There Goes Another!

Written by Adam English
Posted January 15, 2019

Another day, another big acquisition in the marijuana sector.

This time it is Whistler Medical Marijuana, with which Aurora Cannabis, Inc. just entered into a letter of intent that will see Aurora acquire the privately-held company for around $175 million.

The all-stock transaction is just one more on a growing list of consolidation that is only going to accelerate this year.

The Race Is On

The early years in the marijuana sector were much like any new and rapidly growing market.

Small companies were launched with private money. They quickly burned through cash to ramp up production and grab consumer market share.

Their share prices were entirely based on the company’s news flow and potential.

Now, especially in Canada, that is changing. The name of the game is to buy out the early success stories and build companies of scale.

The measure of success is transitioning to one where being able to push competitors out of markets through volume, low prices, efficient distribution, and strong branding is essential.

The time for hype is fading. It is time for the potential to turn into profits.

The marijuana companies that plan on selling directly to consumers (as opposed to the ones that are moving towards the pharmaceutical side of the sector) are quickly looking more and more like consumer goods companies.

To put it another way, they’re fighting to be the Coca-Cola of weed, and the race is on to secure the best smaller brands and businesses around.

A Specific Kind Of Deal

If you want a prime example of how this transition to consumer goods-style business is panning out, the deal between Aurora and Whistler is perfect.

Whistler was one of the 10 original licensed producers and the first licensed producer to obtain organic certification. It is a smaller company with strong branding that can be easily acquired in full.

Its product line draws name recognition and a premium price in both medical and retail markets.

Aurora is one of the biggest names in the business. Behind Canopy Growth with a market cap of $12.8 billion and Tilray with $9.3 billion, Aurora is in third with $6.5 billion.

The extra capital Aurora provides pushes Whistler's strong branding to a much larger market and rapidly ramps up business.

It is just like how Coca-Cola — to stick to this analogy — bought Australia-based Organic & Raw Trading Co., maker of the MOJO kombucha brand, back in September to get in on that trend.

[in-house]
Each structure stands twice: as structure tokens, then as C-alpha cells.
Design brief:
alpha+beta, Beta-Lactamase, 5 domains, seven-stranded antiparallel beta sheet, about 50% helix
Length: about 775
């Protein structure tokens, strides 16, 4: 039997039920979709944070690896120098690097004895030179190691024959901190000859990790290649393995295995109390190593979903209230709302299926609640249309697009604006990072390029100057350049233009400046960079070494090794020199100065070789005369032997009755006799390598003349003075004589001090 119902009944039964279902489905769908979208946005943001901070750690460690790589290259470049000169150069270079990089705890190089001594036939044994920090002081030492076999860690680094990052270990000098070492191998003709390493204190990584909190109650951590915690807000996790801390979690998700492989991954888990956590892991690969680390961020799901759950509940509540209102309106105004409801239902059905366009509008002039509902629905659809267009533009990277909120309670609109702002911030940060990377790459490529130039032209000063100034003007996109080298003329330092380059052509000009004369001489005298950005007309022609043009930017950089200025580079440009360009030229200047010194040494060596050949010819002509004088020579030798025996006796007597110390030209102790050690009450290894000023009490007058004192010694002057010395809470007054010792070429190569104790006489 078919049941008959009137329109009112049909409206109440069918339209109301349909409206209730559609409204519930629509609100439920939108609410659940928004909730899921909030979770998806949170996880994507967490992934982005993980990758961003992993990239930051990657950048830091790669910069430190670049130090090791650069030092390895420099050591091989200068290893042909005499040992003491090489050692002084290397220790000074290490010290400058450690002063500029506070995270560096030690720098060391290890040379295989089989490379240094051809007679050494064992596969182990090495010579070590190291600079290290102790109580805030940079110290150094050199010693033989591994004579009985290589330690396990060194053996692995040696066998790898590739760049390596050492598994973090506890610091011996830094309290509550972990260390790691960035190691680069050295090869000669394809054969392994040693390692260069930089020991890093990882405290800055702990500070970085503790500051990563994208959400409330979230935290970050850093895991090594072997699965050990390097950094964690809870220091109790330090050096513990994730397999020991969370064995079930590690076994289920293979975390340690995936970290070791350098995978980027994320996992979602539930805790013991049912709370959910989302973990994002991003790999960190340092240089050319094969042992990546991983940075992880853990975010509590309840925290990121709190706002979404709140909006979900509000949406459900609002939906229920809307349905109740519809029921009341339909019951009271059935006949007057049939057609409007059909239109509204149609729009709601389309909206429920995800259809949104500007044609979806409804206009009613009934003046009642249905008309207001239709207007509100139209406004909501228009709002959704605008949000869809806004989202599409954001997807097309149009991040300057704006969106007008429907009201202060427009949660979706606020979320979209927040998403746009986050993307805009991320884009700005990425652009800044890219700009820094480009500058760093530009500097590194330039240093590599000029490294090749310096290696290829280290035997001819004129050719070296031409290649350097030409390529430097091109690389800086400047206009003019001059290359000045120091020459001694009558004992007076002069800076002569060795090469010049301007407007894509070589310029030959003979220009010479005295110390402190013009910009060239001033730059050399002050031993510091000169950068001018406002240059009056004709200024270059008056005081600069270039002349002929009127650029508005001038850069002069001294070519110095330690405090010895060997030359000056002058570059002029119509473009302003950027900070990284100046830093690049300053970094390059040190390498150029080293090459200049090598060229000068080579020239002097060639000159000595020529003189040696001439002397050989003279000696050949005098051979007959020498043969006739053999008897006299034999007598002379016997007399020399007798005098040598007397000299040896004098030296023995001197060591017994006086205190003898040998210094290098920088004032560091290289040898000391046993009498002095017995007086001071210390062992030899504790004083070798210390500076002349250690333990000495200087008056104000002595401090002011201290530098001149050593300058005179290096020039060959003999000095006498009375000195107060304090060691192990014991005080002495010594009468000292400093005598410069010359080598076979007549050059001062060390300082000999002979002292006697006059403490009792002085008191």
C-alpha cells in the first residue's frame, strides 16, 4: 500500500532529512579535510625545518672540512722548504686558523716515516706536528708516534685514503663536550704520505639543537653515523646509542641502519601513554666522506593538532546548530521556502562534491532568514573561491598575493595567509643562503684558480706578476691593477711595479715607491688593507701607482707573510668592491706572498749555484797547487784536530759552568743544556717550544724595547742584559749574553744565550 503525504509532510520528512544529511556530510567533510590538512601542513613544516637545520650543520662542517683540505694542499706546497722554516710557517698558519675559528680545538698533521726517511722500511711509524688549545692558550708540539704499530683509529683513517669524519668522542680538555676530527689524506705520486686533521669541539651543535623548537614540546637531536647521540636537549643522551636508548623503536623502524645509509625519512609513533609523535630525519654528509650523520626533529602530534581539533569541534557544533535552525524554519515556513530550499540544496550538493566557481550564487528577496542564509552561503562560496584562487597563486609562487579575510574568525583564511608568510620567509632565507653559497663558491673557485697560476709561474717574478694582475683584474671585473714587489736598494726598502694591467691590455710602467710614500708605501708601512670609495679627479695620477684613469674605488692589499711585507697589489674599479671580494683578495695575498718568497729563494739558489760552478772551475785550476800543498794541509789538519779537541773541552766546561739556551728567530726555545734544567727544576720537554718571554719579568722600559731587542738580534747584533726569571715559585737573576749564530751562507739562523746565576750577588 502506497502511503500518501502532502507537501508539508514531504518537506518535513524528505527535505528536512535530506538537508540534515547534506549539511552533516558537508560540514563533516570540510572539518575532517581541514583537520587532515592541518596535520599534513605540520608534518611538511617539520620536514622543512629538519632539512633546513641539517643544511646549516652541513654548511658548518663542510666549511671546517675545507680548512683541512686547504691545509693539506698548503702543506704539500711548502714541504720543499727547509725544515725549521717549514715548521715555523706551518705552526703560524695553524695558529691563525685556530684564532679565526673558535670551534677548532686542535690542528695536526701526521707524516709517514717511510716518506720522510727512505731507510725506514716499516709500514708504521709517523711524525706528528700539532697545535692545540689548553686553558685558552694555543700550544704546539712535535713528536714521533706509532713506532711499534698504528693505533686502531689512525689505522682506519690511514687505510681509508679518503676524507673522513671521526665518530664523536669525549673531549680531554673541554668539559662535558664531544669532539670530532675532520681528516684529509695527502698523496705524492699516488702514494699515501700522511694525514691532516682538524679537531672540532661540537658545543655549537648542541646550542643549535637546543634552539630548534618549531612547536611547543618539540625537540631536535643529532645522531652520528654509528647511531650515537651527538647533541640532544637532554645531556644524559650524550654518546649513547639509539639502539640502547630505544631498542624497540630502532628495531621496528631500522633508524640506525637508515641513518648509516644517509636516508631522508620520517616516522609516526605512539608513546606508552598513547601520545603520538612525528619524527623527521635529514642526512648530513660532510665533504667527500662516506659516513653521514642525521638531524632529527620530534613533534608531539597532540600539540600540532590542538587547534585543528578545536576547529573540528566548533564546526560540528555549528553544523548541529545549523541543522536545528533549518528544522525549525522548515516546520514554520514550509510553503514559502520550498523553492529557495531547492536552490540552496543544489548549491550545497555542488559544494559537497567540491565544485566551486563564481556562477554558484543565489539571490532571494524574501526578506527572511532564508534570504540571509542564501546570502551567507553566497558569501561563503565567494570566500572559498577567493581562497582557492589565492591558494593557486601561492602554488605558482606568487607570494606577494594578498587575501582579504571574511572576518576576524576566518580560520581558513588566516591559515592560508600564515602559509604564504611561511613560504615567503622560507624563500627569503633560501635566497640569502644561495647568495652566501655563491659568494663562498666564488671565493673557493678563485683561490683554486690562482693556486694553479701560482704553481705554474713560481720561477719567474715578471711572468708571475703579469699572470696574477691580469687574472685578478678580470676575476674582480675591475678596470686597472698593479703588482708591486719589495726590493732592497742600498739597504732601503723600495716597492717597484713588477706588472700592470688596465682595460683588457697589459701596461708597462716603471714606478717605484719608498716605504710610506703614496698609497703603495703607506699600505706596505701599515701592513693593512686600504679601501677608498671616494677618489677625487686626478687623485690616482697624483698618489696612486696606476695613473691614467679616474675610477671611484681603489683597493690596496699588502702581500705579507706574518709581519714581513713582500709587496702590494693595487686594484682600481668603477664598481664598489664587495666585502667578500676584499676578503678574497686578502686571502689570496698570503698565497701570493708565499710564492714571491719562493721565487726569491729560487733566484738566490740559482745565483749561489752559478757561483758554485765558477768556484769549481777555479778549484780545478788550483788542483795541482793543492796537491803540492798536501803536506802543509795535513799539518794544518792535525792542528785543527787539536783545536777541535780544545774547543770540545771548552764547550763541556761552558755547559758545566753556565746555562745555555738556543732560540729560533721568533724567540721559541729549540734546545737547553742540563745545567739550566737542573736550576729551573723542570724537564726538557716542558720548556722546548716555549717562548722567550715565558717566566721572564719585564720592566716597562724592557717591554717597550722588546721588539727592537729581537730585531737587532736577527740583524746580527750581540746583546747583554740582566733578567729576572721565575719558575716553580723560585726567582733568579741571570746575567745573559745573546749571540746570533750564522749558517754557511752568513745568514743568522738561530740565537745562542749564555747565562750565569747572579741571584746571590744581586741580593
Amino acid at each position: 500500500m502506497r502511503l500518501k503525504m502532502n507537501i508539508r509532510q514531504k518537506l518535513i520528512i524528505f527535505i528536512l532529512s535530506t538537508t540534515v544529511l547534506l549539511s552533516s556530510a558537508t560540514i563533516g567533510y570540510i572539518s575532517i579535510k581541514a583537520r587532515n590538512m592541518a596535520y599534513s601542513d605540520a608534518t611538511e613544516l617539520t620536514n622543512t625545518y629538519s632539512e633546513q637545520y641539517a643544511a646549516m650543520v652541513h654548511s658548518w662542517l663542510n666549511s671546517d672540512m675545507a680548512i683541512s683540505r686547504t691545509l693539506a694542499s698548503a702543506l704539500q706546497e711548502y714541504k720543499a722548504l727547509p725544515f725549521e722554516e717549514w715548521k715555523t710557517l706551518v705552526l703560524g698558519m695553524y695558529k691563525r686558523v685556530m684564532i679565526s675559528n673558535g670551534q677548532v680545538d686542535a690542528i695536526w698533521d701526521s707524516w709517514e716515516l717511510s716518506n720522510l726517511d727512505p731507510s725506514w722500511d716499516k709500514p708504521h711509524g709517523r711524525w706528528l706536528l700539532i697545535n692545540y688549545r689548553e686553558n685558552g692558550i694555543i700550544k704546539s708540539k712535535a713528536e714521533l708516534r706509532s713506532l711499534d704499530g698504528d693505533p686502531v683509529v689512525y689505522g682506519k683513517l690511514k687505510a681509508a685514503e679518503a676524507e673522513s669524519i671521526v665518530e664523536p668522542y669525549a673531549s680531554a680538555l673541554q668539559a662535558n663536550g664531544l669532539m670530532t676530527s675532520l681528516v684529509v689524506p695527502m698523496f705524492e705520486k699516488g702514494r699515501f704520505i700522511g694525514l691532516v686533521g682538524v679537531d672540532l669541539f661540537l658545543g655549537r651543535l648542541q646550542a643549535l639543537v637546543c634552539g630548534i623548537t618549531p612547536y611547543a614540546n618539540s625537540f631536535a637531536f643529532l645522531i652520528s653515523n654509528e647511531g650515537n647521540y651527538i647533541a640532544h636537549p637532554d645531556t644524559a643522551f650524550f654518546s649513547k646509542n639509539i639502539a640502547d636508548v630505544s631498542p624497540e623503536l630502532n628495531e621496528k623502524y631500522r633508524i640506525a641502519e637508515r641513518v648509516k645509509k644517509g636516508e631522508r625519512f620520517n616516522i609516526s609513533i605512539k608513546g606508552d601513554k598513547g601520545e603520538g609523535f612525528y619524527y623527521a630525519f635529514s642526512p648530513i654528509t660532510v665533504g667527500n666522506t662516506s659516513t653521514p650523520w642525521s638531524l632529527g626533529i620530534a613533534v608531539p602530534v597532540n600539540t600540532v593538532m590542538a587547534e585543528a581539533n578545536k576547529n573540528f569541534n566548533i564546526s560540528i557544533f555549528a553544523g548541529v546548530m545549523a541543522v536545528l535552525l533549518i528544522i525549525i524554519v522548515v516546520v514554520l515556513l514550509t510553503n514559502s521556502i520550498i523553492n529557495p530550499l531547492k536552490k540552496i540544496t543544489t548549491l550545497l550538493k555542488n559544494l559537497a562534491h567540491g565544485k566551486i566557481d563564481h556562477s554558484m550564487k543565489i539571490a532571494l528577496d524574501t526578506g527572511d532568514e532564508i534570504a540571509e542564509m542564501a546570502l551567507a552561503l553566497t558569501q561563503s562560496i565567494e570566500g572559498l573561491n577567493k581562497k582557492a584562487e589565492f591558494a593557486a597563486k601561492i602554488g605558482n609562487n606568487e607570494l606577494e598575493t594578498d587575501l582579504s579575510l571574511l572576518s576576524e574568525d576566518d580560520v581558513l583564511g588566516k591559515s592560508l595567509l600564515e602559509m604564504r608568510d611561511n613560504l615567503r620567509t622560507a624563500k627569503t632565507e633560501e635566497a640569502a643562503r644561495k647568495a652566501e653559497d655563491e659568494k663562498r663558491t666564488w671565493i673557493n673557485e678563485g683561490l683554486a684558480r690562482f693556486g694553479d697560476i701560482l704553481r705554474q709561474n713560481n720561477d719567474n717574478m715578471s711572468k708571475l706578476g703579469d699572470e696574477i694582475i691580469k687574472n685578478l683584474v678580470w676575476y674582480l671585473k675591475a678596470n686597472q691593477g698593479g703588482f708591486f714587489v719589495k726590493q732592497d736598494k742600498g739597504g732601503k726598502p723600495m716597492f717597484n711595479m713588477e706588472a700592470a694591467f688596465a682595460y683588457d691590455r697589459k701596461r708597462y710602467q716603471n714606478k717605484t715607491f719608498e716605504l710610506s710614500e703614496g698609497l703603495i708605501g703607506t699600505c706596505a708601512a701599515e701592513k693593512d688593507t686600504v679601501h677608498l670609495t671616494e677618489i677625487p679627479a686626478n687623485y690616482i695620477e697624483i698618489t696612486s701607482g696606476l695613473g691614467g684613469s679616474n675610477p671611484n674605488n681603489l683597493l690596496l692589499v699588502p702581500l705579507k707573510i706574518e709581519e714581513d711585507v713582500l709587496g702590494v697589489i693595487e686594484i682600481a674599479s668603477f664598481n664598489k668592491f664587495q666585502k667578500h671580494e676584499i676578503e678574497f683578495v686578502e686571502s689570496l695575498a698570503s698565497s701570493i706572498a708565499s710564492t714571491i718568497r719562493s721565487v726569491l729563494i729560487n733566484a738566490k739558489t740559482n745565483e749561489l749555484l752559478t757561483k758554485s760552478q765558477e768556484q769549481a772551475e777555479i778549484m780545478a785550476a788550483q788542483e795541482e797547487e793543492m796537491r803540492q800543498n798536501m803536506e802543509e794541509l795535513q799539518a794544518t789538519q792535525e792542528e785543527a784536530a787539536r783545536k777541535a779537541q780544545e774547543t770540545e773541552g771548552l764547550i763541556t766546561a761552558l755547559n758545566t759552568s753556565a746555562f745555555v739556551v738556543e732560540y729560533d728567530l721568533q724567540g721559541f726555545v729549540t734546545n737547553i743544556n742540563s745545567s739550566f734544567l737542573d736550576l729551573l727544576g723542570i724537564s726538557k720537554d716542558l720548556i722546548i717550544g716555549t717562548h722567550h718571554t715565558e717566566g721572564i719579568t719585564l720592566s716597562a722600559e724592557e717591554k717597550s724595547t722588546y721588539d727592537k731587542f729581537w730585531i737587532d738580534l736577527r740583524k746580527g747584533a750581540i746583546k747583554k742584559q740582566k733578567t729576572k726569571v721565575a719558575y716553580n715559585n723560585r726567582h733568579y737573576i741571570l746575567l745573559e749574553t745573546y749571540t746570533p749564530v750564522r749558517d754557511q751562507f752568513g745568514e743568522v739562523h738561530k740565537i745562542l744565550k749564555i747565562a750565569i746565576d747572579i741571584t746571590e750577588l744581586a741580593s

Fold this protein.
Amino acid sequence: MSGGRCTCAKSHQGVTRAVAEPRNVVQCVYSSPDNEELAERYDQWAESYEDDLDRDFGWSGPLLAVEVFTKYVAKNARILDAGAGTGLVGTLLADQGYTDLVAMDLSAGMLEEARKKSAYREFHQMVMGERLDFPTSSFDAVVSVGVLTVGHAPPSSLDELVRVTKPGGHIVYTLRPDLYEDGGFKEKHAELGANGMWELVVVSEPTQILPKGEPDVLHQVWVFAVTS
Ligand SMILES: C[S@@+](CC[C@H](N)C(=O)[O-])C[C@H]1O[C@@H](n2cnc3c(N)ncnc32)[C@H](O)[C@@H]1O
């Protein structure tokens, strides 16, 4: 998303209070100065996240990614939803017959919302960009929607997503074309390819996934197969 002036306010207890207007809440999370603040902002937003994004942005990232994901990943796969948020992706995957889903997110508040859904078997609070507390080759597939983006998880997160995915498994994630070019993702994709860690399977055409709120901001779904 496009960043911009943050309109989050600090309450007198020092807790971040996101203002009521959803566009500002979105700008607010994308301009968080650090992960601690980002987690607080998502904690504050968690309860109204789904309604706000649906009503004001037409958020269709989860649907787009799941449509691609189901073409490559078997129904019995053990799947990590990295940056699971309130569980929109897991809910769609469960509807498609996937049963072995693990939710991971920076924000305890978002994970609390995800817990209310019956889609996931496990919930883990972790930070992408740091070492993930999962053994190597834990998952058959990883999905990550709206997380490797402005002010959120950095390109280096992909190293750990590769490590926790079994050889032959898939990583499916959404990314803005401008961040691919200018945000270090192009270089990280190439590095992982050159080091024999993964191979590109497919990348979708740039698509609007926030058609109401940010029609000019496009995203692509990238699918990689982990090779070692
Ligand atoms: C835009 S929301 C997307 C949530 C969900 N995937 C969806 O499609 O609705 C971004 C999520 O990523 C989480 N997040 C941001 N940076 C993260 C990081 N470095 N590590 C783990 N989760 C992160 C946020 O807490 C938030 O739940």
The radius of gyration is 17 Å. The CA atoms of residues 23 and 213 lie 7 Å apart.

Or how it bought fancy juice maker Odwalla in a $181 million deal way back in 2001. More of a Naked Juice fan? Pepsi bought that one.

Coconut water? Coca-Cola is in on that too with Zico, one of the three original coconut water brands it bought a majority stake of in 2012.

This Whistler deal is just like any of those. It is a big name paying a premium for a small brand with a great reputation that can pull in premium prices on a much larger scale with Aurora’s backing.

The Deals Keep On Coming

In just the first half of 2018, merger and acquisition activity nearly doubled from a year earlier to 145 deals in North America, according to Viridian Capital Advisors.

Then we started to see big names jump in and set up some big deals. The pace and size of these deals is ramping up.

Canopy Growth sold 38% of its stock to Constellation Brands (the owner of Corona and Heineken) for a record-setting $5 billion.

Altria purchased a 45% stake in Cronos for around $1.8 billion, along with a recently announced investment in Juul, the leading vaping company.

AB InBev teamed up with Tilray about a month ago to start a joint venture.

It even leaked that Coca-Cola was looking for an acquisition target.

This trend is only getting started, and it will pay handsomely to own shares of the best buyout targets in the sector this year.

Don’t fall behind the latest trend in one of the fastest growing markets in our lifetimes.

Take care,

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Adam English

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Adam's editorial talents and analysis drew the attention of senior editors at Outsider Club, which he joined in mid-2012. While he has acquired years of hands-on experience in the editorial room by working side by side with ex-brokers, options floor traders, and financial advisors, he is acutely aware of the challenges faced by retail investors after starting at the ground floor in the financial publishing field. For more on Adam, check out his editor's page

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